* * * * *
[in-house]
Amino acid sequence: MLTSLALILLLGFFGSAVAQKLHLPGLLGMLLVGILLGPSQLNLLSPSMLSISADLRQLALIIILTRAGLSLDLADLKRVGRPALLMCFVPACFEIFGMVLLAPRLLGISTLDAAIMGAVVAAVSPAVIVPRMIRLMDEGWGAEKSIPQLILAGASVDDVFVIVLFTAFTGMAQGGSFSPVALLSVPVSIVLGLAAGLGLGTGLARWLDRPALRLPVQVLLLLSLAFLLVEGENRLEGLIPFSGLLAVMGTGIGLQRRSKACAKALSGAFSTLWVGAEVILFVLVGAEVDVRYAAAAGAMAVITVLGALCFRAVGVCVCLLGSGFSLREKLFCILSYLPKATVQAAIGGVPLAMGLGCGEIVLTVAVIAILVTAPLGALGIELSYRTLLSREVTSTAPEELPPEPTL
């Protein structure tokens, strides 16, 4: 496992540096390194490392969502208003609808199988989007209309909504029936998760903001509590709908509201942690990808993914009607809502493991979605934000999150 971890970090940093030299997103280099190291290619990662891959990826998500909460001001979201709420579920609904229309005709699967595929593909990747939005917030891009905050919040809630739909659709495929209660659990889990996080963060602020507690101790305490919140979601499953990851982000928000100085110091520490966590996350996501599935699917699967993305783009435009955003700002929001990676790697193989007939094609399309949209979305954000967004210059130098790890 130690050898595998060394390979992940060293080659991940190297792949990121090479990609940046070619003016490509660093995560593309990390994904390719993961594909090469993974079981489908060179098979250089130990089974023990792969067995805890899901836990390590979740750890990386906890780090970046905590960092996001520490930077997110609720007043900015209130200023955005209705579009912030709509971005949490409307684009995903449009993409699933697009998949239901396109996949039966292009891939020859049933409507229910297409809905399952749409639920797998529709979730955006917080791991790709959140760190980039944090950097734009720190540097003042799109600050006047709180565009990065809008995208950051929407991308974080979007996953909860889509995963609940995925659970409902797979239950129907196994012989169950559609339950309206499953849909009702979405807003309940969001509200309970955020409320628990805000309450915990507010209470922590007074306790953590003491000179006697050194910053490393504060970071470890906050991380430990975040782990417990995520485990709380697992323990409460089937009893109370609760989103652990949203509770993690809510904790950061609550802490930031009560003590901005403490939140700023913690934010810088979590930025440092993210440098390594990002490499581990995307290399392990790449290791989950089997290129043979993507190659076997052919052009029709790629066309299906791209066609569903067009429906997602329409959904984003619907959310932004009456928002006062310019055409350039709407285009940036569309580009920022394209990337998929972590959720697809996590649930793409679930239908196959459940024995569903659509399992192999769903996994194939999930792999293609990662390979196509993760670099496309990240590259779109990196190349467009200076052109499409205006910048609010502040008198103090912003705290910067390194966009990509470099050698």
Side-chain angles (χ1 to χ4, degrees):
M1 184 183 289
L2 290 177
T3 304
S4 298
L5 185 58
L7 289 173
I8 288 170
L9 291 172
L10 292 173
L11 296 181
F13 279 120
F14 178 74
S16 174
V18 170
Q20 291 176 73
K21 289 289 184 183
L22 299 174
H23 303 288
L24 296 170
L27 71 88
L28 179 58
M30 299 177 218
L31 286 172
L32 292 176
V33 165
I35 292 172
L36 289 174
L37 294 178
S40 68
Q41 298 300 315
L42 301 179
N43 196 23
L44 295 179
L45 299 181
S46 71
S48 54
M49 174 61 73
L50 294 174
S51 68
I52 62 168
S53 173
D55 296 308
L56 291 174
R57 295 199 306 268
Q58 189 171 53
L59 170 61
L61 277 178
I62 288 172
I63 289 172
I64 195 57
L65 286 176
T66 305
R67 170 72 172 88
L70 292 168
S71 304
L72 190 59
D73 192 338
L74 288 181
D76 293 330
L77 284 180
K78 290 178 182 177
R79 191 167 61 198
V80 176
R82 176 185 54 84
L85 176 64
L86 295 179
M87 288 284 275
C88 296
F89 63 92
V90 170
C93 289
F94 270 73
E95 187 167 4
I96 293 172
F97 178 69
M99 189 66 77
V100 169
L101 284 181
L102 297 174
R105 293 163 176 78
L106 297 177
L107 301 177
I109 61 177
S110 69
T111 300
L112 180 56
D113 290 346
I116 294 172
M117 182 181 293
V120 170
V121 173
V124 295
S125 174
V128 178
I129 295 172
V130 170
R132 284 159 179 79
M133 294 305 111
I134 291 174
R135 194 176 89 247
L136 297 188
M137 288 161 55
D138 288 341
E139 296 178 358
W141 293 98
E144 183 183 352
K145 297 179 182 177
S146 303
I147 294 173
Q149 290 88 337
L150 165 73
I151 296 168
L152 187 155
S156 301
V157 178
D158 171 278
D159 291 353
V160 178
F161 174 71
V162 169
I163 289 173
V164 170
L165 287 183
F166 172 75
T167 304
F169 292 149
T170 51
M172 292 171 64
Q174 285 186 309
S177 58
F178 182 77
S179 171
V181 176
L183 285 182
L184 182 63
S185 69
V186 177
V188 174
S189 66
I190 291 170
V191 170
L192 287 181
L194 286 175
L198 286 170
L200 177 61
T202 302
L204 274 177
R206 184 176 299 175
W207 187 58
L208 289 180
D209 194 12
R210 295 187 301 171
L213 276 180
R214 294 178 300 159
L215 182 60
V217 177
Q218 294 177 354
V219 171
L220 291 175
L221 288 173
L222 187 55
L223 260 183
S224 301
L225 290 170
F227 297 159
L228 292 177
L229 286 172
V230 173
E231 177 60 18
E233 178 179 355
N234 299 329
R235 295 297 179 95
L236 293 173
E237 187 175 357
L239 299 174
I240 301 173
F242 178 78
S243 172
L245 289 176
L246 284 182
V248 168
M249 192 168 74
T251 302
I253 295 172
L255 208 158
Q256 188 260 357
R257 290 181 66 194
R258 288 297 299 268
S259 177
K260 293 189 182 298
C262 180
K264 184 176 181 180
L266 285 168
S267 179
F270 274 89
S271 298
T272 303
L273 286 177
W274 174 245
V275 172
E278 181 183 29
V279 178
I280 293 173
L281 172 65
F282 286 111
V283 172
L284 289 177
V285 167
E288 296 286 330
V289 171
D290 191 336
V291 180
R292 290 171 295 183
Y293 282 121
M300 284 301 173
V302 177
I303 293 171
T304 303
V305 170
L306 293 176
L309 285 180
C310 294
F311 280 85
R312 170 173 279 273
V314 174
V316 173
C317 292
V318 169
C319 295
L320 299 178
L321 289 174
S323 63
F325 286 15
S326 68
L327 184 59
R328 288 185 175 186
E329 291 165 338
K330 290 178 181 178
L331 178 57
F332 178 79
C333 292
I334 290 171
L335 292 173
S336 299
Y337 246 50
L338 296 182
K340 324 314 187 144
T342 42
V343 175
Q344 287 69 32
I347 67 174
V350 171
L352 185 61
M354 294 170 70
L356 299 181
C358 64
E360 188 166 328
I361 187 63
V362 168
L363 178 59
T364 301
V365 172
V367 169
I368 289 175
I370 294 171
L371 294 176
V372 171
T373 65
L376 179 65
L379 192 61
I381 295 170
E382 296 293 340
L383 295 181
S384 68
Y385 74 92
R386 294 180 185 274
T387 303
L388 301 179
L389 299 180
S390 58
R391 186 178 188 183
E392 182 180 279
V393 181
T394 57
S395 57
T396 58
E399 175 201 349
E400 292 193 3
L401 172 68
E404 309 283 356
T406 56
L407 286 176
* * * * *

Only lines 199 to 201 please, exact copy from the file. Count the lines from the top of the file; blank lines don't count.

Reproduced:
F270 274 89
S271 298
T272 303